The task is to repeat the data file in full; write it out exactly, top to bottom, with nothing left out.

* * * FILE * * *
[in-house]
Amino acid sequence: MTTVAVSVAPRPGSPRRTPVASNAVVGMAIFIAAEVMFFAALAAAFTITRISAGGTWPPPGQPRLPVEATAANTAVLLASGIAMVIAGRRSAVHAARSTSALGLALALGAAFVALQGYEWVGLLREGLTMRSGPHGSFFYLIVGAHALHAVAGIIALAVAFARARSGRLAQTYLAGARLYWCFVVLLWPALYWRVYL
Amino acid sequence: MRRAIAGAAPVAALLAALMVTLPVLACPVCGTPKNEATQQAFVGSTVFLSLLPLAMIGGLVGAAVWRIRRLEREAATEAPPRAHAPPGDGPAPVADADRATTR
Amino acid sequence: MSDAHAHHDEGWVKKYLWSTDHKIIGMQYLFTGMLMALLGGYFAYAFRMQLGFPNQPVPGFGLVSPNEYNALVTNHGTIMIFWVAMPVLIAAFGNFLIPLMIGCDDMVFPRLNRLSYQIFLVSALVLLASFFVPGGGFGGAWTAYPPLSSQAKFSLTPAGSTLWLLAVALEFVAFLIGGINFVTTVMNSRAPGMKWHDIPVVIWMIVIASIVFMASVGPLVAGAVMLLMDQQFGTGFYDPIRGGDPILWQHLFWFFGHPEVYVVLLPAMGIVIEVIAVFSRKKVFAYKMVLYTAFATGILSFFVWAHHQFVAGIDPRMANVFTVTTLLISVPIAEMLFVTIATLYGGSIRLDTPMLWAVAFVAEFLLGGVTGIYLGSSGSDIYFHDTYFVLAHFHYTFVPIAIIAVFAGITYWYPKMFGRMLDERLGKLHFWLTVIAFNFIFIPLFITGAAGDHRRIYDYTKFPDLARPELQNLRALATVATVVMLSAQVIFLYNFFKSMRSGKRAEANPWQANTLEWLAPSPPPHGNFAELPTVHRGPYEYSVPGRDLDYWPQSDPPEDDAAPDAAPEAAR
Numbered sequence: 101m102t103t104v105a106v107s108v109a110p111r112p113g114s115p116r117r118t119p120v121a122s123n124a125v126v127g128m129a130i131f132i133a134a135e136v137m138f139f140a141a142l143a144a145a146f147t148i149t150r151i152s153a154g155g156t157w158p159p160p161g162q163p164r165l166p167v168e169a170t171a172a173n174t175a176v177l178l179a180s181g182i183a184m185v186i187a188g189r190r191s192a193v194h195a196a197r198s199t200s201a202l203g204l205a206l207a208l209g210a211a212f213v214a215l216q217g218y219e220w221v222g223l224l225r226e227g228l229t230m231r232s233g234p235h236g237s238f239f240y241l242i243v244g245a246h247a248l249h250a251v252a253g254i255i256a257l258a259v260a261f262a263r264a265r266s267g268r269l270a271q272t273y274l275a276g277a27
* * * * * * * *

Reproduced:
[in-house]
Amino acid sequence: MTTVAVSVAPRPGSPRRTPVASNAVVGMAIFIAAEVMFFAALAAAFTITRISAGGTWPPPGQPRLPVEATAANTAVLLASGIAMVIAGRRSAVHAARSTSALGLALALGAAFVALQGYEWVGLLREGLTMRSGPHGSFFYLIVGAHALHAVAGIIALAVAFARARSGRLAQTYLAGARLYWCFVVLLWPALYWRVYL
Amino acid sequence: MRRAIAGAAPVAALLAALMVTLPVLACPVCGTPKNEATQQAFVGSTVFLSLLPLAMIGGLVGAAVWRIRRLEREAATEAPPRAHAPPGDGPAPVADADRATTR
Amino acid sequence: MSDAHAHHDEGWVKKYLWSTDHKIIGMQYLFTGMLMALLGGYFAYAFRMQLGFPNQPVPGFGLVSPNEYNALVTNHGTIMIFWVAMPVLIAAFGNFLIPLMIGCDDMVFPRLNRLSYQIFLVSALVLLASFFVPGGGFGGAWTAYPPLSSQAKFSLTPAGSTLWLLAVALEFVAFLIGGINFVTTVMNSRAPGMKWHDIPVVIWMIVIASIVFMASVGPLVAGAVMLLMDQQFGTGFYDPIRGGDPILWQHLFWFFGHPEVYVVLLPAMGIVIEVIAVFSRKKVFAYKMVLYTAFATGILSFFVWAHHQFVAGIDPRMANVFTVTTLLISVPIAEMLFVTIATLYGGSIRLDTPMLWAVAFVAEFLLGGVTGIYLGSSGSDIYFHDTYFVLAHFHYTFVPIAIIAVFAGITYWYPKMFGRMLDERLGKLHFWLTVIAFNFIFIPLFITGAAGDHRRIYDYTKFPDLARPELQNLRALATVATVVMLSAQVIFLYNFFKSMRSGKRAEANPWQANTLEWLAPSPPPHGNFAELPTVHRGPYEYSVPGRDLDYWPQSDPPEDDAAPDAAPEAAR
Numbered sequence: 101m102t103t104v105a106v107s108v109a110p111r112p113g114s115p116r117r118t119p120v121a122s123n124a125v126v127g128m129a130i131f132i133a134a135e136v137m138f139f140a141a142l143a144a145a146f147t148i149t150r151i152s153a154g155g156t157w158p159p160p161g162q163p164r165l166p167v168e169a170t171a172a173n174t175a176v177l178l179a180s181g182i183a184m185v186i187a188g189r190r191s192a193v194h195a196a197r198s199t200s201a202l203g204l205a206l207a208l209g210a211a212f213v214a215l216q217g218y219e220w221v222g223l224l225r226e227g228l229t230m231r232s233g234p235h236g237s238f239f240y241l242i243v244g245a246h247a248l249h250a251v252a253g254i255i256a257l258a259v260a261f262a263r264a265r266s267g268r269l270a271q272t273y274l275a276g277a27